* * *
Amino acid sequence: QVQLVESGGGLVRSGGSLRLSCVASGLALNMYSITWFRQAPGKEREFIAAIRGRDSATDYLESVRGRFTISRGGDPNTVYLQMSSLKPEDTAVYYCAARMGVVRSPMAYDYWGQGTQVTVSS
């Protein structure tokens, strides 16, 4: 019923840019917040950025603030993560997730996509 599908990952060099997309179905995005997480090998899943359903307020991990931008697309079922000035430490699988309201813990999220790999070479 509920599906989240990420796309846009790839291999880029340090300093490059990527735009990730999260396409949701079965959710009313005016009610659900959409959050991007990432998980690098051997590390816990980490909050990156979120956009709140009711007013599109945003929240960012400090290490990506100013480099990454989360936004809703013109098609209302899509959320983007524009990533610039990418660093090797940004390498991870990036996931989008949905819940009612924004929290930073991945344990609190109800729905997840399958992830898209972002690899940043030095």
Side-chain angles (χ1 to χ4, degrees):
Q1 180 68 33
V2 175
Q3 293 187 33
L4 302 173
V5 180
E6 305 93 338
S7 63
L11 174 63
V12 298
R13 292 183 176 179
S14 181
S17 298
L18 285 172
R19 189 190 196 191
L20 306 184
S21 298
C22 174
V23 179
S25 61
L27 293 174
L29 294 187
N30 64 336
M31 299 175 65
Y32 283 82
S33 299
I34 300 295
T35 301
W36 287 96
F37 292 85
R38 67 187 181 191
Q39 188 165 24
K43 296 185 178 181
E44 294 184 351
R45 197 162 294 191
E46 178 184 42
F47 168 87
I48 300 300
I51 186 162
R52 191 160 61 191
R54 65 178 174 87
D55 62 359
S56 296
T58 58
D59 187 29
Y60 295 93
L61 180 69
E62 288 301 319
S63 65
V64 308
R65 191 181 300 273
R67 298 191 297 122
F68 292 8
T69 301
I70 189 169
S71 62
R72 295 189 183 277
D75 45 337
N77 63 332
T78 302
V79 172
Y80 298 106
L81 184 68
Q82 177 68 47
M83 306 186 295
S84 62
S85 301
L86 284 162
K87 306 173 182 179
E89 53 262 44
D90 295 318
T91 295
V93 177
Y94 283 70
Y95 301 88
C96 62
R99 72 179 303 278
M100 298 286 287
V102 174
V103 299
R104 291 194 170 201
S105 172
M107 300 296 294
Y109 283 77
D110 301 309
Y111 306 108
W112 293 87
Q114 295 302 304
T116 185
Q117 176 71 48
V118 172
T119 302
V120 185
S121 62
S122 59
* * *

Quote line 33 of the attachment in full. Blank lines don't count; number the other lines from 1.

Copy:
R38 67 187 181 191